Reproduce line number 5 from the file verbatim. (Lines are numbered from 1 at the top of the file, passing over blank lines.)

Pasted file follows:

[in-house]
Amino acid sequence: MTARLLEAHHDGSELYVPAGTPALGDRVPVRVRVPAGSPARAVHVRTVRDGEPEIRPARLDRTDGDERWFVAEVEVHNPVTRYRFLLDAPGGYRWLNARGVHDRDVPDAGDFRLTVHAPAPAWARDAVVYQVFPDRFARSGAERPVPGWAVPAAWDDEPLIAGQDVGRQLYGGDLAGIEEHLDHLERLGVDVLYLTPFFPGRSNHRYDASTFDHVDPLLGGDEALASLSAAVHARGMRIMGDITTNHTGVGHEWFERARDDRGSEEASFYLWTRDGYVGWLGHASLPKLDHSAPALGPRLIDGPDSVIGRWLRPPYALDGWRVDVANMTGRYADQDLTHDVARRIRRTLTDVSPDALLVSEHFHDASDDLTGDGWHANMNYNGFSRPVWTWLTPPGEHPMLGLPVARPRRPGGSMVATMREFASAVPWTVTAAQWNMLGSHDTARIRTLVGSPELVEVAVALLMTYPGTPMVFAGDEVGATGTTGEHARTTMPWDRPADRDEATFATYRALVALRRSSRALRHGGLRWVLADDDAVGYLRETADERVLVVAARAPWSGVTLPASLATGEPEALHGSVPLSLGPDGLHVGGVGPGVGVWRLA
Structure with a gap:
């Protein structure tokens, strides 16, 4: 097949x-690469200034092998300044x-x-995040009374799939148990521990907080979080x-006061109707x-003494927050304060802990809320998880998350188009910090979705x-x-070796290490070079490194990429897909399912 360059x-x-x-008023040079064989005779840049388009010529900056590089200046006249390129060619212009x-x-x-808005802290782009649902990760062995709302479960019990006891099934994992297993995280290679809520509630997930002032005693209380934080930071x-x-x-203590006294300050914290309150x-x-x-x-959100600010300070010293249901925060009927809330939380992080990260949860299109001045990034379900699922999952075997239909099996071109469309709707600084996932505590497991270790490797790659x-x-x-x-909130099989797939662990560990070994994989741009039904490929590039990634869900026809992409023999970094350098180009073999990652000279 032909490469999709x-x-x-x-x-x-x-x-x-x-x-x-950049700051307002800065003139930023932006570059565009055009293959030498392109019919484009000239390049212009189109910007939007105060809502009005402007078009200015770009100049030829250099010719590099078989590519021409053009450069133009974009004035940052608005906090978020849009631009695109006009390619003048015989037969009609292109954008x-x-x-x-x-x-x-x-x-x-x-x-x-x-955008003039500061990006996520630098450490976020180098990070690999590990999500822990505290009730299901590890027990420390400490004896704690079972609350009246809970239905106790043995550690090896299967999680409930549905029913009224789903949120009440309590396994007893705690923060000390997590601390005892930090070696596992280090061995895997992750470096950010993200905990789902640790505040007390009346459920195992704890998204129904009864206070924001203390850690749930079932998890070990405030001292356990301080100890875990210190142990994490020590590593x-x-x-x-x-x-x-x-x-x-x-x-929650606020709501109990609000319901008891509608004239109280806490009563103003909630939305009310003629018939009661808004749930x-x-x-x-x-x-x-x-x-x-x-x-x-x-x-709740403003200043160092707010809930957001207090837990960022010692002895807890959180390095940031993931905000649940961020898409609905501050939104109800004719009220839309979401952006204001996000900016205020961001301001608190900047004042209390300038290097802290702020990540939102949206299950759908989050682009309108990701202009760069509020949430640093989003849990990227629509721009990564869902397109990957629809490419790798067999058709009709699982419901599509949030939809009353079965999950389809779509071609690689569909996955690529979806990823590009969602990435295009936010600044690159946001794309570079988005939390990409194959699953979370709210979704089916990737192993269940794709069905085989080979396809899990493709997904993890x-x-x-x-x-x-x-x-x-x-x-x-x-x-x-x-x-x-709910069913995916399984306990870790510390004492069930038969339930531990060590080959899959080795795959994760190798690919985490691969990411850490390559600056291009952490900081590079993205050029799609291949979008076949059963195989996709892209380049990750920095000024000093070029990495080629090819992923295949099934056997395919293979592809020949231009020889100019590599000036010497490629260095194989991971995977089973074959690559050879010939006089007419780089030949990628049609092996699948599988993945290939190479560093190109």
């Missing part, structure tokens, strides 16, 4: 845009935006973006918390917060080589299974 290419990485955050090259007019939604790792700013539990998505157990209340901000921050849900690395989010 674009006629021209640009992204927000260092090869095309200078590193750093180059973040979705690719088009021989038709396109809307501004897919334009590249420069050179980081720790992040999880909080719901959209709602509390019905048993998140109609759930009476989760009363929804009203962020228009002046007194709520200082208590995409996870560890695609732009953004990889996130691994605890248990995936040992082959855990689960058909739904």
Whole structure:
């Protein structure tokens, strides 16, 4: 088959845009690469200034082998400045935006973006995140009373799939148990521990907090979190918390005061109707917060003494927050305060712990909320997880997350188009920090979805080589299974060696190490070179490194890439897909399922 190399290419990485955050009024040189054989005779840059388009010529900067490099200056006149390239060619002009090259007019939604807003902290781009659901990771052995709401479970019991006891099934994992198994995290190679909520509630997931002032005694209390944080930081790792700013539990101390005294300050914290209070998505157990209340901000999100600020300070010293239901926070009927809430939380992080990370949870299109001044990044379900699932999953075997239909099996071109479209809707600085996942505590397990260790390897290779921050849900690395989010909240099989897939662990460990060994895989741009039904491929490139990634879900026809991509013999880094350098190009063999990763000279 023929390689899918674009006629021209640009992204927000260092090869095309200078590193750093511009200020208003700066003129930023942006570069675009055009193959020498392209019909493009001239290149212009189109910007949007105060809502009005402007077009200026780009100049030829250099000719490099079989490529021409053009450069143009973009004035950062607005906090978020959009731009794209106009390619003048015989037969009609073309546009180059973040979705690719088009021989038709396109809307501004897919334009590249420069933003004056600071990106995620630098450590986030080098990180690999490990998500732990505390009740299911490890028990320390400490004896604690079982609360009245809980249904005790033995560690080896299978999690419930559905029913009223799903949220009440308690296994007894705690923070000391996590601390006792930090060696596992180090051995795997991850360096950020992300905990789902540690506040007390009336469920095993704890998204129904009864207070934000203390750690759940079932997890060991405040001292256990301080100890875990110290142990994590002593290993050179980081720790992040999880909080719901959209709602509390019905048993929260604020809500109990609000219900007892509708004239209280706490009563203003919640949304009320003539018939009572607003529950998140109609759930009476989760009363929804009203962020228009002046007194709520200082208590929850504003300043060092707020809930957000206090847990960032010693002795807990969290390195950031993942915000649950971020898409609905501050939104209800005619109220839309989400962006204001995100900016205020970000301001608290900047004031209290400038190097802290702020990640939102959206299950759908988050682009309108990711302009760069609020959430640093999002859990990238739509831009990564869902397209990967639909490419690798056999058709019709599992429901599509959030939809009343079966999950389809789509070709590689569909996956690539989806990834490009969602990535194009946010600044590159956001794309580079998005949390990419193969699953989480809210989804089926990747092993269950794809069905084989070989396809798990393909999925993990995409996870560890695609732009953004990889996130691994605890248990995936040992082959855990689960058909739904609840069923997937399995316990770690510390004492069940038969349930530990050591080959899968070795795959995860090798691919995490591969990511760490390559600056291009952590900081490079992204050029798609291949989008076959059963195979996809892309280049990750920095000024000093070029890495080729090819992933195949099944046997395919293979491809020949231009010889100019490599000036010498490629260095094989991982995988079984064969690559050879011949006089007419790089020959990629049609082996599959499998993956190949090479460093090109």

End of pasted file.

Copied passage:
């Missing part, structure tokens, strides 16, 4: 845009935006973006918390917060080589299974 290419990485955050090259007019939604790792700013539990998505157990209340901000921050849900690395989010 674009006629021209640009992204927000260092090869095309200078590193750093180059973040979705690719088009021989038709396109809307501004897919334009590249420069050179980081720790992040999880909080719901959209709602509390019905048993998140109609759930009476989760009363929804009203962020228009002046007194709520200082208590995409996870560890695609732009953004990889996130691994605890248990995936040992082959855990689960058909739904």